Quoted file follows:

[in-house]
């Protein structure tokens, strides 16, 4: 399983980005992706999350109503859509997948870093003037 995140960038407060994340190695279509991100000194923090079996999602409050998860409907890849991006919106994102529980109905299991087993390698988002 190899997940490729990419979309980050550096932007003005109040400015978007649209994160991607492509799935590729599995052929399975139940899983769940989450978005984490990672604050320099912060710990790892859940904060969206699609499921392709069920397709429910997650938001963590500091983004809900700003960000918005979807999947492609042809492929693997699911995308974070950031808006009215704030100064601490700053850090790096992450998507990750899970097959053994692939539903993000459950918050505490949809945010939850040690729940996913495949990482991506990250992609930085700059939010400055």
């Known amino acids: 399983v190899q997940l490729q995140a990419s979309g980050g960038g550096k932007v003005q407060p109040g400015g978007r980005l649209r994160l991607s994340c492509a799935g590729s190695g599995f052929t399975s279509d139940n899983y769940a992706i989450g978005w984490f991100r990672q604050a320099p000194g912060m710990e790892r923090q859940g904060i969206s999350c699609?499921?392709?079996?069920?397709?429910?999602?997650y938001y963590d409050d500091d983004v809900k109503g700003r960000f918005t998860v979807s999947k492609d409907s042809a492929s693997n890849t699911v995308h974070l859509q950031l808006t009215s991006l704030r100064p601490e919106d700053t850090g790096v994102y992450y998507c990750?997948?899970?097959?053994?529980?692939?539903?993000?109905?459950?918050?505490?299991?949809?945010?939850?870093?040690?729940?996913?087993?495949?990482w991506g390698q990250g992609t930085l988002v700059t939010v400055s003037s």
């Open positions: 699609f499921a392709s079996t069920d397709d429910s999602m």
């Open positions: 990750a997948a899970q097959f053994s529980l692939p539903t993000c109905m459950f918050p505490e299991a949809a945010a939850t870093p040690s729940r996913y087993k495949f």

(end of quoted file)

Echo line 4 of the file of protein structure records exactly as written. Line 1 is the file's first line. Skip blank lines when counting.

């Open positions: 699609f499921a392709s079996t069920d397709d429910s999602m």